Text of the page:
Under the Fair Dealing Exception to Canadian Copyright, you can make copies of a single short story from an anthology to distribute to your class, or can post it securely online in your LMS (ie- Google, Teams).Learn more from the Council of Ministers of Education (CMEC).
Contemporary Young Adult, Recommended for Gr. 7-8 (Newest on Top)
In this powerful collection of short stories, children around the world turn eleven and take a step into their futures. Each one is changed in ways both big and small. A companion to the critically acclaimed Sit.(Gr. 3-7 CANADIAN)
Once Upon an Eid is a collection of short stories that showcases the most brilliant Muslim voices writing today, all about the most joyful holiday of the year: Eid! The anthology will also include a poem, graphic-novel chapter, and spot illustrations. Traditions, community, family are some of the themes explored.(Gr. 3-7)
A collection of fifteen fantasy stories written in partnership with the organization, We Need Diverse Books. Inclusive and Wide Ranging, and will likely appeal to more than just Science Fiction Fans (Gr. 8-12)
A young adult anthology featuring fictional stories of everyday resistance. You might be the kind of person who stands up to online trolls. Or who marches to protest injustice. Perhaps you are #DisabledAndCute and dancing around your living room, alive and proud. Or perhaps you are the trans mentor that you wish you had when you were younger. This anthology features fictional stories--in poems, prose, and art--that reflect a slice of the varied and limitless ways that readers like you resist every day. Take the Mic's powerful collection of stories features work by literary luminaries and emerging talent alike Gr. 7-12)
This anthology explores disability in fictional tales told from the viewpoint of disabled characters, written by disabled creators. With stories in various genres about first loves, friendship, war, travel, and more, Unbroken will offer today's teen readers a glimpse into the lives of disabled people in the past, present, and future. (Gr. 8-12)
An anthology featuring award-winning diverse authors about diverse characters. Short stories, a graphic novel, and a one-act play explore such topics as gentrification, acceptance, untimely death, coming out, and poverty, and range in genre from contemporary realistic fiction to adventure and romance (Gr. 8-12)
The seated child. With a single powerful image, Deborah Ellis draws our attention to ten children and the situations they find themselves in, often through no fault of their own. In each story, a child makes a decision and takes action, be that a tiny gesture or a life-altering choice (Gr. 4-7, CANADIAN).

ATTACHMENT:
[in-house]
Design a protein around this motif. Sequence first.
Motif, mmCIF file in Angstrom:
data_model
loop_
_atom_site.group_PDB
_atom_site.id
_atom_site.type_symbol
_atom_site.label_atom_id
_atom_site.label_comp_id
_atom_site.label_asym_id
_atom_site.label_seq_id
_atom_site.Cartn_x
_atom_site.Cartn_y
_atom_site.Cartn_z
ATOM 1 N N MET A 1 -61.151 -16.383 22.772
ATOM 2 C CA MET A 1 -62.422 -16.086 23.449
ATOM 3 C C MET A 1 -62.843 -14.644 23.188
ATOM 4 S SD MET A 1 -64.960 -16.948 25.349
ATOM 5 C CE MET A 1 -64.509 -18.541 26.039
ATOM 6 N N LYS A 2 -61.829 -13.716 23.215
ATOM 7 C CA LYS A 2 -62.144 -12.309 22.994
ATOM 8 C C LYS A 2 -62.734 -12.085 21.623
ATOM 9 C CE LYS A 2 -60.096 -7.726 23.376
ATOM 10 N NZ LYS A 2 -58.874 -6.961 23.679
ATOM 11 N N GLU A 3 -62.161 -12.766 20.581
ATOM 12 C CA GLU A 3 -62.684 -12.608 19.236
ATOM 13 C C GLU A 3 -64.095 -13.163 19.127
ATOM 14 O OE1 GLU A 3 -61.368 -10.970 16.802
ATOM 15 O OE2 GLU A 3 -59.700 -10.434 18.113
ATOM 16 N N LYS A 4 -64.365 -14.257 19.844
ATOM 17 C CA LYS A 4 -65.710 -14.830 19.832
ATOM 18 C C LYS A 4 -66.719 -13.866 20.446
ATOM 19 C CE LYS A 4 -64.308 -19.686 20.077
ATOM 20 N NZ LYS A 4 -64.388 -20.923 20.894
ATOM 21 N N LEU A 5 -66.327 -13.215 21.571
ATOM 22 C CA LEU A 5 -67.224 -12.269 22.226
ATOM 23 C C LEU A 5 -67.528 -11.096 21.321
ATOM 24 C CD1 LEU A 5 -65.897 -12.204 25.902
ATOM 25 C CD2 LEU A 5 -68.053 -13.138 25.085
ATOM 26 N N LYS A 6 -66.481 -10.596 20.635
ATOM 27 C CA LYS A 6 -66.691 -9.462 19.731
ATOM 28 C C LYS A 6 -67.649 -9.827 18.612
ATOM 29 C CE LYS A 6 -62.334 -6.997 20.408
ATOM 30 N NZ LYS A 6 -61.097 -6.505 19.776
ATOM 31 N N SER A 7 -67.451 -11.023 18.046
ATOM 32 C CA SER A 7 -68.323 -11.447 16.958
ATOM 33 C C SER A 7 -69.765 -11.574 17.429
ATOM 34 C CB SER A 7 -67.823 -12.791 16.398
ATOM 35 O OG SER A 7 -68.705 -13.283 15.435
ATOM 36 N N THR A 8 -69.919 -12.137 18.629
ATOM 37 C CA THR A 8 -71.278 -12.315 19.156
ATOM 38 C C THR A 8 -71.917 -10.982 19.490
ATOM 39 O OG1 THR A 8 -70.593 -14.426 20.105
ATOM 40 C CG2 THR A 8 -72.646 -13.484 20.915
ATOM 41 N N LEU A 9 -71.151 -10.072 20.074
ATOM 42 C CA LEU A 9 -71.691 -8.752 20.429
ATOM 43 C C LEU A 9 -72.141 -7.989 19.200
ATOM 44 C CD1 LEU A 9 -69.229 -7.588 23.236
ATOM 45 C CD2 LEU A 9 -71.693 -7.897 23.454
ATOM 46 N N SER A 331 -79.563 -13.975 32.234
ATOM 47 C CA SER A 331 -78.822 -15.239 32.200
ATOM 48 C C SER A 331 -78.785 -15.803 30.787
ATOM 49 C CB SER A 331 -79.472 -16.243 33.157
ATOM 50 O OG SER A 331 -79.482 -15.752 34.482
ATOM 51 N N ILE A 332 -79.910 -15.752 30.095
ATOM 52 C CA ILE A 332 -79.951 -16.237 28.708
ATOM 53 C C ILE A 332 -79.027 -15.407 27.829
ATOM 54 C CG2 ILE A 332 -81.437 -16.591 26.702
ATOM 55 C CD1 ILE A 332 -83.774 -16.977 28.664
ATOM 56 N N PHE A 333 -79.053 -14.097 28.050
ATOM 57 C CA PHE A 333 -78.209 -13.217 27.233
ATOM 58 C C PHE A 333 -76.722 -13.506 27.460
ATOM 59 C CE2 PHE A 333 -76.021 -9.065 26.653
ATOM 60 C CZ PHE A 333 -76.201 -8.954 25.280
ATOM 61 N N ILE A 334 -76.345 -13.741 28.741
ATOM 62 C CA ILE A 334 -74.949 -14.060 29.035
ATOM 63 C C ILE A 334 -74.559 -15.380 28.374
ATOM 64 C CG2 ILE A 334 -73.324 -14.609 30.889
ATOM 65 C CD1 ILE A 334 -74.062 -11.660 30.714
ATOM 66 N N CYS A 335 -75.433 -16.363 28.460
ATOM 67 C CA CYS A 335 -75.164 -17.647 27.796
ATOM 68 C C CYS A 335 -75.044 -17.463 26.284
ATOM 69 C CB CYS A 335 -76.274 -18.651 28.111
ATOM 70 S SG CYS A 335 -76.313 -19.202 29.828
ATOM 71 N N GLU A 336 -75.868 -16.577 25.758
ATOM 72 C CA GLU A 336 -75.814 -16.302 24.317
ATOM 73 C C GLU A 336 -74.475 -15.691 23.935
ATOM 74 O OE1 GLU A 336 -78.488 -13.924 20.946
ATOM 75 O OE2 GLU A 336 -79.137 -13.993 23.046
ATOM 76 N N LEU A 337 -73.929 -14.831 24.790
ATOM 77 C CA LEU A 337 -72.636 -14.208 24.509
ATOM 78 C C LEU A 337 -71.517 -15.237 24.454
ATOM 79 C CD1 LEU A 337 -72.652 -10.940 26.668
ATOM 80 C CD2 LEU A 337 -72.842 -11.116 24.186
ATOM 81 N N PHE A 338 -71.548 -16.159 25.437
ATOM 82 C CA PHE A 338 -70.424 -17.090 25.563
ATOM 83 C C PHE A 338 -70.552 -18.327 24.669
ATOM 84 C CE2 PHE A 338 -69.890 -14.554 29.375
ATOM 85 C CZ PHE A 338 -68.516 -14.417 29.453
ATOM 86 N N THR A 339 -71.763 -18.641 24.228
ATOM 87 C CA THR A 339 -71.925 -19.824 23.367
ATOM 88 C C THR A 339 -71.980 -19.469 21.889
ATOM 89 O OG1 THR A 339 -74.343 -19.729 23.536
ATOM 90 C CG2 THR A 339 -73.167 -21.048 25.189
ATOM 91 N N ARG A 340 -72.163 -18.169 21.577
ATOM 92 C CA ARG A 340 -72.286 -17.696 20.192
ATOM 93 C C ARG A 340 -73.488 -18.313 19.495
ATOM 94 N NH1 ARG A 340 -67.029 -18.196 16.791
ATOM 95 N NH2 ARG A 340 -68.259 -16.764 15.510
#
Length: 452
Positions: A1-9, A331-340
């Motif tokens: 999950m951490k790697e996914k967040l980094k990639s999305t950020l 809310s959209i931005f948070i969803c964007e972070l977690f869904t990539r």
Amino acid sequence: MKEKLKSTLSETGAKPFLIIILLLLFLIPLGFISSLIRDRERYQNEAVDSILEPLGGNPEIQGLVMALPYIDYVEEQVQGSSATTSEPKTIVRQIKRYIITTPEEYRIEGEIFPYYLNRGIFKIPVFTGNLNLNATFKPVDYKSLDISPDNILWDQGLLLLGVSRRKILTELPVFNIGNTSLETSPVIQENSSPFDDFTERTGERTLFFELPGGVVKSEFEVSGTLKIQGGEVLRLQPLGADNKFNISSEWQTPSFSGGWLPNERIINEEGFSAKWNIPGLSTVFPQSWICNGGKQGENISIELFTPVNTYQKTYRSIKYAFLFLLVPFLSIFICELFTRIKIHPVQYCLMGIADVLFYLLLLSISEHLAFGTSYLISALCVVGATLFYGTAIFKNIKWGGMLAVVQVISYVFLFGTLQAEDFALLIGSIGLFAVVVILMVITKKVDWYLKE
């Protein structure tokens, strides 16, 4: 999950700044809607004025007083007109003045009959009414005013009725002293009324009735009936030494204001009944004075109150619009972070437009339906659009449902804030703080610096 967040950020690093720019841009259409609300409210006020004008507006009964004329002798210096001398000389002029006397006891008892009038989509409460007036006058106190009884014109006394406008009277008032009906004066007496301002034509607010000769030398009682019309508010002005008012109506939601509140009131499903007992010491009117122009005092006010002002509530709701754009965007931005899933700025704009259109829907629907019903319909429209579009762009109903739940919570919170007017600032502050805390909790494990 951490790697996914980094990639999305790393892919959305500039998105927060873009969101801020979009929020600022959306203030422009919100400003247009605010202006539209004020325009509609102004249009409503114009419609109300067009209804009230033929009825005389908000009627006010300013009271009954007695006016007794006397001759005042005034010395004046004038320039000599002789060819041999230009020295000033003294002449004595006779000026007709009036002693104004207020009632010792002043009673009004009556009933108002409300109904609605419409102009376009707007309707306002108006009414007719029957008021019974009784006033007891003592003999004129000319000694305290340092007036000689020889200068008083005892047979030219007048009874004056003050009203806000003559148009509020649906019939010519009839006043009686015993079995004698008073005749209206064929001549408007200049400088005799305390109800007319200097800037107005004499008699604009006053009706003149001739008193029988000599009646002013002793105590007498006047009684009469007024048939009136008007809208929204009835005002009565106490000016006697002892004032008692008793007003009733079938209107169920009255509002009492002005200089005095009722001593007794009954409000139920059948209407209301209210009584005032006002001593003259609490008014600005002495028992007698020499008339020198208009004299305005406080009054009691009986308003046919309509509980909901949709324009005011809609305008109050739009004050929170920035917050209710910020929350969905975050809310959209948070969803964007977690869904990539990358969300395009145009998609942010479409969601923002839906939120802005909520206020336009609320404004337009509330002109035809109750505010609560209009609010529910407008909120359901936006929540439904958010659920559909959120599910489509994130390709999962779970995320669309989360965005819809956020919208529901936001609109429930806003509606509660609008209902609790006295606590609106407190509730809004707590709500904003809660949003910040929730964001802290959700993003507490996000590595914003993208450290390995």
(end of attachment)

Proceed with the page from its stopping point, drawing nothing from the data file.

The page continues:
From basketball dreams and family fiascos to first crushes and new neighborhoods, this anthology, written by award-winning children's authors, celebrates the uniqueness and universality in all of us (Gr. 4-7).
In Something to Hang On To award-winning author Beverley Brenna constructs a diverse cast of quirky and honest young teens in tough times. In varied settings characters battle through adversity: a fear of heights, family violence, the physical cage of Down syndrome, ossifying muscular dystrophy, the artistic world of autism, and even a toe caught in the vacuum. In these positive fictions, teens find ways to overcome their obstacles by capturing lasting resolutions from within. Read the review in Resource Links https://go.exlibris.link/TyLTNpXy (Gr. 8-12, CANADIAN).
Fifteen illustrated short stories, some humorous and some haunting, set in the Australian suburbs: a water buffalo who hangs out in a vacant lot and gives directions to local kids; stick figures who get beaten up by neighborhood bullies; a giant dugong that appears on someone’s lawn; and the lonely fate of all the unread poetry that people write — it joins a vast “river of waste that flows out of suburbia.” (Gr. 7-12)
Here is the eagerly anticipated follow-up to the award-winning anthology Firebirds! Firebirds Risingtakes readers from deep space to Faerie to just around the corner. It is full of magic, humour, adventure, and - best of all - the unexpected. The one thing readers can count on is marvellous writing. Firebirds Risingproves once again that Firebirdis a gathering place for writers and readers of speculative fiction from teenage to adult, from the United States to Europe, Asia, and beyond (Gr. 7-10).